Book: Diet and the Disease of Civilization

Diet books contribute to a $60-billion industry as they speak to the 45 million Americans who diet every year. Yet these books don’t just tell readers what to eat: they offer complete philosophies about who Americans are and how we should live. Diet and the Disease of Civilization interrupts the predictable debate about eating right to ask a hard question: what if it’s not calories—but concepts—that should be counted? Cultural critic Adrienne Rose Bitar reveals how four popular diets retell the “Fall of Man” as the narrative backbone for our national consciousness. Intensifying the moral panic of the obesity epidemic, they depict civilization itself as a disease and offer diet as the one true cure. Bitar reads each diet—the Paleo Diet, the Garden of Eden Diet, the Pacific Island Diet, the detoxification or detox diet—as both myth and manual, a story with side effects shaping social movements, driving industry, and constructing fundamental ideas about sickness and health. Diet and the Disease of Civilization unearths the ways in which diet books are actually utopian manifestos not just for better bodies, but also for a healthier society and a more perfect world.

The Government's Role in the Rise of Lab-Grown Meat

Last month, the US Department of Agriculture and FDA convened to debate meat: what it is and isn't, and if plant-based or lab-grown products like those made by Impossible Burger and Memphis Meats should be called meat. Lab-grown meat is still months from market, but vegetarian meats already have the poultry and cattle industries in a tizzy. Sales of meat analogues are growing at steady clip of 23 percent a year, nibbling out a decent market share. Let the meat industry fret. Maybe then they'll

Paleo Diet and Utopian Dreams

“Life was good for our Paleolithic grandparents,” recounts a 2001 diet book. A 2013 diet laments that civilization has “transformed healthy and vital people free of chronic diseases into sick, fat, and unhappy people." If everyone went Paleo, one dieter interviewed for this article explained, “the world would be a more beautiful, healthier place, and we all would be more healthy, better people.”

The Magic Metabolisms of Competitive Eating

Competitive eating is often seen as a trash sport, well below the status of even professional wrestling or Monster Trucks. Called the "junkiest part of America's junk culture," competitive eating is often dismissed as meaningless by critics and gurgitators alike. However, ideas of the carnival, mascu­ linity, consumerism, and the spectacle demonstrate that, like the cockfight, competitive eating can be read as a story that we tell ourselves about ourselves.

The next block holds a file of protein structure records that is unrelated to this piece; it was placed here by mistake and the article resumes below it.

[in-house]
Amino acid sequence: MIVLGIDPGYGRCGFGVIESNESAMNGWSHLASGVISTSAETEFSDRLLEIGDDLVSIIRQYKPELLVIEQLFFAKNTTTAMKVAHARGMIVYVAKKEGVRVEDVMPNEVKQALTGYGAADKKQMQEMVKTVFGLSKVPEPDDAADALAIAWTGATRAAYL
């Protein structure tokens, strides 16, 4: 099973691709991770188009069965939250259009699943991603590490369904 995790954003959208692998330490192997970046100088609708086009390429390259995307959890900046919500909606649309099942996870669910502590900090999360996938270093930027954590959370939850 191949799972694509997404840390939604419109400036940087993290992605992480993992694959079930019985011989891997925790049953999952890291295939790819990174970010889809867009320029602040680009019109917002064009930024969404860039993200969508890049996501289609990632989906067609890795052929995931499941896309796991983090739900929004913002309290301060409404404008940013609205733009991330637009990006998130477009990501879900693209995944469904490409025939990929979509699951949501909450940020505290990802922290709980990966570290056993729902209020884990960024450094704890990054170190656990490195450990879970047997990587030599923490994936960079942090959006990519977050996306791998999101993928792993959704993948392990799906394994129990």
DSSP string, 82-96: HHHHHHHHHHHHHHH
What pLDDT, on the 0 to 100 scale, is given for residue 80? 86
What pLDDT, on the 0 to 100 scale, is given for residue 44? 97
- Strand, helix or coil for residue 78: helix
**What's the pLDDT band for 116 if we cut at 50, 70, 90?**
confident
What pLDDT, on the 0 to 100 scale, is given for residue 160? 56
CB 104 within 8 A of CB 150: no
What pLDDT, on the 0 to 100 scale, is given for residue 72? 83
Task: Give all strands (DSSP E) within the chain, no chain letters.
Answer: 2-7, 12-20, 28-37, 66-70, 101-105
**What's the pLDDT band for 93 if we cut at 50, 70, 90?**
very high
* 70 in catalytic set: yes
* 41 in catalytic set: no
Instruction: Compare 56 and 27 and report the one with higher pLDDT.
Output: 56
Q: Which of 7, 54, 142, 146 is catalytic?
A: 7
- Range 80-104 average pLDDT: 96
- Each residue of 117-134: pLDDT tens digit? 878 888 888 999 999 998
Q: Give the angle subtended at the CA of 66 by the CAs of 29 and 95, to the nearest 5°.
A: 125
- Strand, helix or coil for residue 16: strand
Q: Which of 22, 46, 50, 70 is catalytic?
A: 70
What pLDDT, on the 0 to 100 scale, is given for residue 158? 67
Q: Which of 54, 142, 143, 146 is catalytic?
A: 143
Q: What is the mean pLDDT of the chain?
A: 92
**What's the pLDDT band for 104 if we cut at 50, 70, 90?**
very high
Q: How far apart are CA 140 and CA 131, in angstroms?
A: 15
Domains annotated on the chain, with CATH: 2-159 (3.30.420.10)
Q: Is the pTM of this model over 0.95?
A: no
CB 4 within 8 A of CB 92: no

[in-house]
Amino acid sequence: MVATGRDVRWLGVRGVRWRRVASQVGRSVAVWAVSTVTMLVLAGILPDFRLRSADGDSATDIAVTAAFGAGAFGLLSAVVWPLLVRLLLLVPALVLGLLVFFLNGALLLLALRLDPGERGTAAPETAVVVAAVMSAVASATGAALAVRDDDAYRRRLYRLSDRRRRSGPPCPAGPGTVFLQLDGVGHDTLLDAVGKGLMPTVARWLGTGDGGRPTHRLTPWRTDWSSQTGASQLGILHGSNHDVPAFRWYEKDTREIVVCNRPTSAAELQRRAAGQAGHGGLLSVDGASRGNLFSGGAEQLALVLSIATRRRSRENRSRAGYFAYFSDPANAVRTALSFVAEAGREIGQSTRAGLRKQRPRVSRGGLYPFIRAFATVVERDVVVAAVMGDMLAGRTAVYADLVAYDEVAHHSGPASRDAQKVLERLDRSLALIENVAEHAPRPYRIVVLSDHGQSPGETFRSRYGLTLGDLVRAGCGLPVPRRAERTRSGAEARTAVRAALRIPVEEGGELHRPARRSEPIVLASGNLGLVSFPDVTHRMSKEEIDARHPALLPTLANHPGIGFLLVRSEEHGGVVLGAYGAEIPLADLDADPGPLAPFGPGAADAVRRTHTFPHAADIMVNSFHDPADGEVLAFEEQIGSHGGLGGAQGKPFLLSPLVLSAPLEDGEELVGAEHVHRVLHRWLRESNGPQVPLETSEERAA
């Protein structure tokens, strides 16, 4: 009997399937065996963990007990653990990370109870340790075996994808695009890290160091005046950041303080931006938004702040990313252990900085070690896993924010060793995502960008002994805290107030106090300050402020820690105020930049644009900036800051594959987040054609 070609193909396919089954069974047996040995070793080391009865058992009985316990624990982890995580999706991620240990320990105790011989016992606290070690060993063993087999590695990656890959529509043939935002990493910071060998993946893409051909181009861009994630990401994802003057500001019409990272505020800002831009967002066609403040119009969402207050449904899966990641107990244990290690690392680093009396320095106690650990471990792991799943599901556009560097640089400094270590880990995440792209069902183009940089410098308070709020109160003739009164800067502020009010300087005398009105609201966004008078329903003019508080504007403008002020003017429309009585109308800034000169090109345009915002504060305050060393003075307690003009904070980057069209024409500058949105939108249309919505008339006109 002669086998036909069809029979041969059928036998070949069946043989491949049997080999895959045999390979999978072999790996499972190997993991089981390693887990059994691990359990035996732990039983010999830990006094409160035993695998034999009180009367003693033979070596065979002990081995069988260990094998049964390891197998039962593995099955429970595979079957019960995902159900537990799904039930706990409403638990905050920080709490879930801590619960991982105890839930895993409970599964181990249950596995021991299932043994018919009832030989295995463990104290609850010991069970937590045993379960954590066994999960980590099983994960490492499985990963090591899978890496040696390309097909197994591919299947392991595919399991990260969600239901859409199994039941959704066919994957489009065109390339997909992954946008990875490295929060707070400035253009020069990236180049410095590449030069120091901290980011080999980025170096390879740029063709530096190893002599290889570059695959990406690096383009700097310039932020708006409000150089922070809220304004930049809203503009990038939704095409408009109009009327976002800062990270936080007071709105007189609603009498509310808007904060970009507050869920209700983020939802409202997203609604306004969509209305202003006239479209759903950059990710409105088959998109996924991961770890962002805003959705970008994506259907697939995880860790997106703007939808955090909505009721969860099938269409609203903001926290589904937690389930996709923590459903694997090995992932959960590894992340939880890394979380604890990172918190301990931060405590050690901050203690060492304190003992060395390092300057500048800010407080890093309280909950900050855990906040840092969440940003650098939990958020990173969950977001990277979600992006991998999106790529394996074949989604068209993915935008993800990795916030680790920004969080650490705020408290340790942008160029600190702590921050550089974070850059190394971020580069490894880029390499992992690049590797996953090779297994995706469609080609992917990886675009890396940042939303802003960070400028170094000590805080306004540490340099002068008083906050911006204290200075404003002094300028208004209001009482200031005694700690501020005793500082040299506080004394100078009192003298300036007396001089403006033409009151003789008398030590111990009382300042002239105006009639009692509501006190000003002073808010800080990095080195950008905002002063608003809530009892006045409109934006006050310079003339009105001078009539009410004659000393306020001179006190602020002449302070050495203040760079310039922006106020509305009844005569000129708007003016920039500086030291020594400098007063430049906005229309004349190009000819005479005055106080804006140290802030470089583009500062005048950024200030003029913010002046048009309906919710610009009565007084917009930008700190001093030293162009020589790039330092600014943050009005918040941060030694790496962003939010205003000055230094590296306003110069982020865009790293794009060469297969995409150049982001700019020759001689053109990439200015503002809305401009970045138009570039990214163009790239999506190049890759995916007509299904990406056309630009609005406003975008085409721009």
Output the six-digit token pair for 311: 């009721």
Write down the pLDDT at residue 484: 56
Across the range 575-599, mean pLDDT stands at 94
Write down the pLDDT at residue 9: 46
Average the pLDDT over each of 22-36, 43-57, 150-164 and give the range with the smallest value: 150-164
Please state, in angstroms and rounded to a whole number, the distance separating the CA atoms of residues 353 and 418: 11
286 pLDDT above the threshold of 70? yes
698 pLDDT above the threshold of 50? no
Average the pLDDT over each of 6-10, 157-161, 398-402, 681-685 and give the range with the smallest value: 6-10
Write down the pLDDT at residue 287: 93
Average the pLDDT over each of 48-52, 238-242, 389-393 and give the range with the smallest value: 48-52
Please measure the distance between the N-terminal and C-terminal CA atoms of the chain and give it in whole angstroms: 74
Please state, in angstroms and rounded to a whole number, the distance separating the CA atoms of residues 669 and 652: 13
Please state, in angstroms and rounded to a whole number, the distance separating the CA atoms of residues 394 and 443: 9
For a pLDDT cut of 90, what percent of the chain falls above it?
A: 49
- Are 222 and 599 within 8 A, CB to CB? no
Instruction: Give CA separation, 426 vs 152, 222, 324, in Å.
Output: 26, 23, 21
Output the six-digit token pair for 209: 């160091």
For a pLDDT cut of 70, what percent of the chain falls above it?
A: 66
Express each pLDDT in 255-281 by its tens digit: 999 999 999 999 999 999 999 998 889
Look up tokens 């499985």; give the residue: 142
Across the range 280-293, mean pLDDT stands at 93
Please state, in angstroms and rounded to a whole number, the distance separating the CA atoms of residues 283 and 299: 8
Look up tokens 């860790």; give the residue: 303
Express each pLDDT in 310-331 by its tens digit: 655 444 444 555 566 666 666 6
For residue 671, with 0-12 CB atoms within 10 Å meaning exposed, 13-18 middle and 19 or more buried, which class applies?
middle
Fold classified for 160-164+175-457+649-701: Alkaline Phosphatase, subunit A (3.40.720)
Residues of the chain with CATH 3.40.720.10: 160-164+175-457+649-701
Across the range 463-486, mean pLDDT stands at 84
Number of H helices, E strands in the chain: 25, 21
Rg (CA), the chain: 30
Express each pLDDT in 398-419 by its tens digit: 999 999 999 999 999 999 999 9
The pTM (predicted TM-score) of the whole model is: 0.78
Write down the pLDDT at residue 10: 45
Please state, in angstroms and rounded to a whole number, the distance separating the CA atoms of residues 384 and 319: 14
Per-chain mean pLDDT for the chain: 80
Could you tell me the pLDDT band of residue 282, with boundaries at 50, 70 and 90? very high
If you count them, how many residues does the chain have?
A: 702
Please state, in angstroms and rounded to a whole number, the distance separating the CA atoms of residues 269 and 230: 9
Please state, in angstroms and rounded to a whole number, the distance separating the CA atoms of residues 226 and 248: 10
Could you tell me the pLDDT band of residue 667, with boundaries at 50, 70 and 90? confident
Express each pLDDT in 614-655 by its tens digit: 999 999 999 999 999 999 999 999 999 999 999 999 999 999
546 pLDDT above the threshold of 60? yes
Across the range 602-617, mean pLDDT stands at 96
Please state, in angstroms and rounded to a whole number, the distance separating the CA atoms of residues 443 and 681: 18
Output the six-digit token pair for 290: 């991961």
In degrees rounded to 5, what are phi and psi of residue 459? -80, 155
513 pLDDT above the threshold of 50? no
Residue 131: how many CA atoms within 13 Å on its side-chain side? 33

For the Starving, 'Eat Local' Isn't an Option

The Agriculture Department recently awarded more than $5 million in grants to local food projects as part of its larger "Know Your Farmer, Know Your Food" program. The program encourages Americans to eat locally, in the belief that local foods will stimulate economic development and promote healthy eating habits. The eat-local movement looks a lot like a very old vision for a new America. Thomas Jefferson called farmers "the chosen people of God." His dream for the Agrarian Republic rested on a

The Art of Competitive Eating

They say Nathan’s Famous Hot Dog Contest grew from a 1916 bet between a German, a Jew, and an Irishman on Coney Island: whoever could eat the most in 10 minutes was the most patriotic. The Irishman won with 13. This year, an American won with 64. I flew from San Francisco two days before the contest in late June. I went for my first interview: Crazy Legs Conti, an expert in all things oyster. His documentary “Zen and the Art of Competitive Eating” features him eating sticks of butter and waxing poetic about the souls of oysters. And how does it feel like to puke 42 dozen oysters? Like you had swallowed the world and God asked for it back.

The Paleo Diet and the American Weight Loss Utopia, 1975–2014

Paleo diets are both myths and manuals: they are myths of a lost golden age and utopian manuals for better bodies and a more perfect world. Paleo dieters believe that the human body is not adapted to civilization and reject modern ways of eating for foods that could have been hunted or gathered in the Paleolithic Era. Many of the estimated three million American Paleo dieters not only follow the dietary prescriptions, but also adopt the social, moral, and philosophical aspects of the Paleolithic way of life. I argue that this mix of myth and manual creates a new type of embodied utopia in response to changing concepts and conditions of modernity.

Diets can do more than help you lose weight – they could also save the planet

Fad diets have long been brushed off as selfish, superficial quests to lose weight. But if you study the actual content of popular diet books, you will discover that most tell a different story. Many inspire dieters to improve the health of their bodies, society and the planet. It’s a topic I explore in my research, as well as my 2018 book, “Diet and the Disease of Civilization.” More than merely guides for getting thin, diet books tell rich stories that urge people to change their lives to sa

Opinion: It’s past time for migrant children labor laws to grow up

Public attention has never been more focused on the plight of migrant children. Americans are demanding these children have what humanitarian organizations call children’s rights: education, safety, basic health care, and the right to be with their families. Let’s use this attention to recognize that many migrant children – documented or not – are denied those very same rights once they cross the border to live and work on American soil. Many wind up exempt from child labor laws. Farms today e